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H1N1 Flu Precautions In Pittsburgh, Plum Aim To Keep Returning Students Healthy

As students return for a new year of classes, Pittsburgh and Plum schools are taking preventative measures and offering special training because of concerns about H1N1 flu, also called swine flu.
/ Source: wpxi.com

THE PITTSBURGH CHANNEL.com

As students return for a new year of classes, Pittsburgh-area schools are taking preventative measures and offering special training because of concerns about H1N1 flu, also called swine flu.

WTAE Channel 4's Shannon Perrine visited South Brook Middle School in Brookline, where all 37 nurse practitioners in the Pittsburgh Public Schools gathered Tuesday for H1N1 training.

Video:

Watch Shannon's Report

"We're reminding everyone about universal health precautions, which is constant hand washing throughout the day, covering your cough and disposing of tissues and standard health practices. If you're sick, you need to stay home," said Janet Yuhasz, health services coordinator for the Pittsburgh Public Schools.

Also, the Plum Borough School District is taking precautions.

"Our custodians -- each and every day -- are sanitizing our children's desks," Plum spokeswoman Dawn Check said. "Every child's desk is being sanitized every night. We are sanitizing the door handles and things that are touched pretty frequently by children, just to take an extra precaution."

Signs are posted around school buildings, reminding people to wash their hands and take swine flu seriously.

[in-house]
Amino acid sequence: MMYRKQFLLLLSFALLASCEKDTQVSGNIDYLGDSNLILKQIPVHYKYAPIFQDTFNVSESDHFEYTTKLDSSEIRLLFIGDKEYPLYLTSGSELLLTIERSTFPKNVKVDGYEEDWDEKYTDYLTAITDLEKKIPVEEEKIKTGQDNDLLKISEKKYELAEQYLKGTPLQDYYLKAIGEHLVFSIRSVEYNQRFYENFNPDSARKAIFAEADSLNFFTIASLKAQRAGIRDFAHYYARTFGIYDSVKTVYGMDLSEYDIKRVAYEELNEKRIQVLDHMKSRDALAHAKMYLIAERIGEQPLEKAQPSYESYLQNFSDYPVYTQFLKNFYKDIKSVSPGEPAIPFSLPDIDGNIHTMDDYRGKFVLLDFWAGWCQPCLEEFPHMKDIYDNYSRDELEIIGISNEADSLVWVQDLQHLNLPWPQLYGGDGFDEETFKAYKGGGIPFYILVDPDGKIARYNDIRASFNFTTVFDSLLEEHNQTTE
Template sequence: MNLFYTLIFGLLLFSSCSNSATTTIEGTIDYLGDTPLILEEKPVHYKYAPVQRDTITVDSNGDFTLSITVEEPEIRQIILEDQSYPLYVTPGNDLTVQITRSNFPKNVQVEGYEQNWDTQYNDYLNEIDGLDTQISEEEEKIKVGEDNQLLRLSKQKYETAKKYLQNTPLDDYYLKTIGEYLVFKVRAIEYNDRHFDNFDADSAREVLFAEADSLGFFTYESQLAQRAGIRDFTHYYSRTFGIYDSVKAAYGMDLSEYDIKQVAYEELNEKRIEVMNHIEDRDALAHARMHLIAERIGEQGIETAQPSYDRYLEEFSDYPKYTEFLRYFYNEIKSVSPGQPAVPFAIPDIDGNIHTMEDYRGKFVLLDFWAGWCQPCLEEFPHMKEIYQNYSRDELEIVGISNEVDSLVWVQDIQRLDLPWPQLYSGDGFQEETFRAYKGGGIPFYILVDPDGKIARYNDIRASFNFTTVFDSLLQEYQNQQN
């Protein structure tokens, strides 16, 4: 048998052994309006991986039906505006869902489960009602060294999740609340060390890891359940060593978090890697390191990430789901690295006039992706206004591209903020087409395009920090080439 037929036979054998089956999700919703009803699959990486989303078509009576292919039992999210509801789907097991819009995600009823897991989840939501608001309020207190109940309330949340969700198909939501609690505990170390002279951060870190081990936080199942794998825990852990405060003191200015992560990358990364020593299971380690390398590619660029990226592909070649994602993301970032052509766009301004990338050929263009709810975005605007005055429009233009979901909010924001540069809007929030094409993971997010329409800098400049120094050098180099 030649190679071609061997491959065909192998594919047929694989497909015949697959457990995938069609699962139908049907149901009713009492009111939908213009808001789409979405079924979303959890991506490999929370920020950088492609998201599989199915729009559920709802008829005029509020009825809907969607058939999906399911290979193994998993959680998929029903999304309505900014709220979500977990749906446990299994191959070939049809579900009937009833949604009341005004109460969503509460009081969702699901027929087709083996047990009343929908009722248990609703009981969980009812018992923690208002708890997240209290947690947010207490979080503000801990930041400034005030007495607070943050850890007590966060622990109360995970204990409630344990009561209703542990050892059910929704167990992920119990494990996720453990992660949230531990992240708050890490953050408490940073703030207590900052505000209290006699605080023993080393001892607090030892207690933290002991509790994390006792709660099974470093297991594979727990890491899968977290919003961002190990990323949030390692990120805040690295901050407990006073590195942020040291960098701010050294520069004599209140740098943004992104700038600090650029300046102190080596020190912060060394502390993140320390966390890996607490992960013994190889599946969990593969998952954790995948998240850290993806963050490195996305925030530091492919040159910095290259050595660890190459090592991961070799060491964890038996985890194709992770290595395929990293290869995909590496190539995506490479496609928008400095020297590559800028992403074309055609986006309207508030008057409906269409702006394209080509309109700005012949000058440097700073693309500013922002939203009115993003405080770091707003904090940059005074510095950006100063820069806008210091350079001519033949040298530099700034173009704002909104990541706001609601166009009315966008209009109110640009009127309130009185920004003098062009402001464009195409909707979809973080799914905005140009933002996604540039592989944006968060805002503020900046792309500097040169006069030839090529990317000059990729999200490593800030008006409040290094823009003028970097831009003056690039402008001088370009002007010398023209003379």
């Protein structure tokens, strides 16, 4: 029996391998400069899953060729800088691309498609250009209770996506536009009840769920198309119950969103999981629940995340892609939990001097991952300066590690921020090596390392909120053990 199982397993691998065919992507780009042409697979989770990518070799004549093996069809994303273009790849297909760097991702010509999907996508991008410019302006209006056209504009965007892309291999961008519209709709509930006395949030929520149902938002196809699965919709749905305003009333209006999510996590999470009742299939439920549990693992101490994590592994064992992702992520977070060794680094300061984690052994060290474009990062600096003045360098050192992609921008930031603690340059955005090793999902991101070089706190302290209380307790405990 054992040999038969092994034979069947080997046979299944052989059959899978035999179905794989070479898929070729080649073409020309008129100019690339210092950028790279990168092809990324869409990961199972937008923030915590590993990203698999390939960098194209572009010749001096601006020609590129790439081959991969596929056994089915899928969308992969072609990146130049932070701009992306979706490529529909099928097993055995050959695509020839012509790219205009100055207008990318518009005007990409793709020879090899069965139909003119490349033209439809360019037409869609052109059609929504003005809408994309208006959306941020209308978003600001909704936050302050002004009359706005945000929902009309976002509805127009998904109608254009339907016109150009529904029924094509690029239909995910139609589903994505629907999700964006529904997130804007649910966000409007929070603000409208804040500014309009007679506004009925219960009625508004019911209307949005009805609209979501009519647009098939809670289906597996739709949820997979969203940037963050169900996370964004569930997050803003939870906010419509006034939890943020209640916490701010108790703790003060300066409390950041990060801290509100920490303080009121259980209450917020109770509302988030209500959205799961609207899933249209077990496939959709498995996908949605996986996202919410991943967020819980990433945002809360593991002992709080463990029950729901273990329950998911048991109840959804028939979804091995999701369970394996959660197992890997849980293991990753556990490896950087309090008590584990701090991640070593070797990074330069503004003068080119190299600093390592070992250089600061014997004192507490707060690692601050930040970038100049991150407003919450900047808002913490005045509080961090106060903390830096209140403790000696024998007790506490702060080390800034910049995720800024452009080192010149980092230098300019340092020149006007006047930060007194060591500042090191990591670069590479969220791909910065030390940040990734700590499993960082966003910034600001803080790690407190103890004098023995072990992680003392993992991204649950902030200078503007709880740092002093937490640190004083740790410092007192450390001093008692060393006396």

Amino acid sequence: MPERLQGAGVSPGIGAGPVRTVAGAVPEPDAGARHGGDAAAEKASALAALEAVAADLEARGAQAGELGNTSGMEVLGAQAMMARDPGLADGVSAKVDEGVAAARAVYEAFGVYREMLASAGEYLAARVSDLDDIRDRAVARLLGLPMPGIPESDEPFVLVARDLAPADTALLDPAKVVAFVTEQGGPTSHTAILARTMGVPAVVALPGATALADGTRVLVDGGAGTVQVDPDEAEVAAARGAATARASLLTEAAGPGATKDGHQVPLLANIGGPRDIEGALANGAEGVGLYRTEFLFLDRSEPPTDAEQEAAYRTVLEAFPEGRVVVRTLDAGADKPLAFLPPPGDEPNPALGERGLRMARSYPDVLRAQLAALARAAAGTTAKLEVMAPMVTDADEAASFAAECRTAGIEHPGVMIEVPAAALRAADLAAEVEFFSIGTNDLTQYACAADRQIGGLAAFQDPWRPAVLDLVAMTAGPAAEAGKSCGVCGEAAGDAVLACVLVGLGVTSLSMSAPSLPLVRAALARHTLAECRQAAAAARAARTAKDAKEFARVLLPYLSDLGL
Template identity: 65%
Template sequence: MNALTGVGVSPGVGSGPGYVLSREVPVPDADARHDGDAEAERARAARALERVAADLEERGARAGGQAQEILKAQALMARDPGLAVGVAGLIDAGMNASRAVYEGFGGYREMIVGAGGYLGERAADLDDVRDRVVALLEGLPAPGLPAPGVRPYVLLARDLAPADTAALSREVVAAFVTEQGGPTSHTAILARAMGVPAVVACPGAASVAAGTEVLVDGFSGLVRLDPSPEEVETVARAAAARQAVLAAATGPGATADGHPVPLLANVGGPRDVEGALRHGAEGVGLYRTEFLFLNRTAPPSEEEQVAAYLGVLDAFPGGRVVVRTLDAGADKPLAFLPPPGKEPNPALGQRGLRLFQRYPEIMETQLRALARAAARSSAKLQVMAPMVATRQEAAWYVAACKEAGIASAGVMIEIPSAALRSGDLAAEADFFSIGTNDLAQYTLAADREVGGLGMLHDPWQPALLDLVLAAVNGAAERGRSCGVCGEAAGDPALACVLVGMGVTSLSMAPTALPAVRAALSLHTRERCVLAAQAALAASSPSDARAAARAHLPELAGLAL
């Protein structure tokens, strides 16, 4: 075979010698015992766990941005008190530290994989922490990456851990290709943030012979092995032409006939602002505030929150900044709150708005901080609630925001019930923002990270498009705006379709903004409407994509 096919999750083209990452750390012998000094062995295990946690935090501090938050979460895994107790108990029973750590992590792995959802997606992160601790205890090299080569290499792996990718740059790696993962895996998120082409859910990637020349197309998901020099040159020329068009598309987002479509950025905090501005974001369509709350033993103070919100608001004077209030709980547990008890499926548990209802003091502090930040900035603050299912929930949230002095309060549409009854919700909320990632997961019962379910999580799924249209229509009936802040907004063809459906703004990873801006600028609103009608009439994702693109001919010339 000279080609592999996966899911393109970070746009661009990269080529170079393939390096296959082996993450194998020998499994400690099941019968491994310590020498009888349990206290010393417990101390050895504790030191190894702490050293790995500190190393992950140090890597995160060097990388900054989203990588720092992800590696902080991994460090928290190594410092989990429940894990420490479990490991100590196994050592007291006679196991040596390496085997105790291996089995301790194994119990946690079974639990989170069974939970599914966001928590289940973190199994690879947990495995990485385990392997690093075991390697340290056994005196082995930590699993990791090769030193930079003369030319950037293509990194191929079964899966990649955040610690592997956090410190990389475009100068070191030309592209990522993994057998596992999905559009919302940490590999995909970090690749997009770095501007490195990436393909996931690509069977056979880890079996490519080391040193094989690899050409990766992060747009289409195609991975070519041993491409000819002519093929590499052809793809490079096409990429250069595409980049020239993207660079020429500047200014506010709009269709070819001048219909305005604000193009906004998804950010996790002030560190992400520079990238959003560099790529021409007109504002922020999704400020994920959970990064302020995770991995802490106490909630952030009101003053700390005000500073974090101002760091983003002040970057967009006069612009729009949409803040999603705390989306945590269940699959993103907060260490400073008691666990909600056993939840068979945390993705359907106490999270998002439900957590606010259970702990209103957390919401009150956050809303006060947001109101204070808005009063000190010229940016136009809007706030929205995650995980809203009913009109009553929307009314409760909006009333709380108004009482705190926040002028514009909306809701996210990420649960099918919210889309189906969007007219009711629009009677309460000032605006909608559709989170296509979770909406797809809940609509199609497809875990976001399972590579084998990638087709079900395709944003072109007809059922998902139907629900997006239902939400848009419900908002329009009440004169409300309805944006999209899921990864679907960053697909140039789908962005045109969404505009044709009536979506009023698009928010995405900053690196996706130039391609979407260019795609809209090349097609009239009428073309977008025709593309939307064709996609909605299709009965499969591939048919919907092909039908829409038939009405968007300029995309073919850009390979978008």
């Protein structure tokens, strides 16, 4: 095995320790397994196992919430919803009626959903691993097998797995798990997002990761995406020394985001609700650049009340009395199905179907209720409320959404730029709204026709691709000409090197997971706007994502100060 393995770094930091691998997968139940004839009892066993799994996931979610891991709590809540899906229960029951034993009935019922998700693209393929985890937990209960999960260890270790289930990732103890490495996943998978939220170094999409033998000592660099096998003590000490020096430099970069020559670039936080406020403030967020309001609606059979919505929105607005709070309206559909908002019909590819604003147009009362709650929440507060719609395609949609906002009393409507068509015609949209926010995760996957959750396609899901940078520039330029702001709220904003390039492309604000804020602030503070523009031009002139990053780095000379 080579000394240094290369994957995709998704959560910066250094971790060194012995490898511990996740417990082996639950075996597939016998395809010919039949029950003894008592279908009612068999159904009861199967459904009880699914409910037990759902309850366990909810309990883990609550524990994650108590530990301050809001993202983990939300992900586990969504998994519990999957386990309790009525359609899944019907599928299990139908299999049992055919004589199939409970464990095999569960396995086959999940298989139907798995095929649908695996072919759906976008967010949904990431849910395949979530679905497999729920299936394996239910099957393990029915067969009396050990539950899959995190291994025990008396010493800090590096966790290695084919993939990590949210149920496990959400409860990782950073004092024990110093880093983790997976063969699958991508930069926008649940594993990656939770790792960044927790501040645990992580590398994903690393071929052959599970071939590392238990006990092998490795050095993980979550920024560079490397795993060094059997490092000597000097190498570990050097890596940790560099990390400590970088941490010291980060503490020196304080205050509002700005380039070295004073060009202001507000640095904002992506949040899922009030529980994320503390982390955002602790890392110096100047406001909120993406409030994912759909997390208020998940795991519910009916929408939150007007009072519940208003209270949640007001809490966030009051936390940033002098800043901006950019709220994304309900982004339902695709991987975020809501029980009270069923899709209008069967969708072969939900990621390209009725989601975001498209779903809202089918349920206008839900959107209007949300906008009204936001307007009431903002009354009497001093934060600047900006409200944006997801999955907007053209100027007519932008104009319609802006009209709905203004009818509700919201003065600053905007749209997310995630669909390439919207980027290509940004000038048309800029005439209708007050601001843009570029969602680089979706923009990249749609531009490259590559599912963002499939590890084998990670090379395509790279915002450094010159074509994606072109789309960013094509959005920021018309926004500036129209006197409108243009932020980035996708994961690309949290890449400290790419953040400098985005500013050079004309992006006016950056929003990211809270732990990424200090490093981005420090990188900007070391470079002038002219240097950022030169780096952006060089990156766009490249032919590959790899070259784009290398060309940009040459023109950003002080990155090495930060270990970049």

"We encourage our children to wash their hands and, as they're scrubbing their hands, to sing their ABCs, count to 20, whatever they prefer, make sure their hands are well washed," Check said.

Coughing etiquette has also changed. Forget what your mother taught you about covering your mouth with your hands.

"To cough into your elbow, to cough into your sleeve, that is safer and more sanitary and spreads less germs," Check said.

The

Allegheny County Health Department

says the following people should get the swine flu vaccine when it starts to be released in October:

  • Pregnant women
  • Those between ages of 6 months and 24 years
  • Those between 35 and 65 who are in high-risk groups
  • Those with weakened immune systems

Most healthy people over age 65 do not need H1N1 flu vaccine. Health experts say many of them were exposed to the virus 30 years ago and still have immunity.

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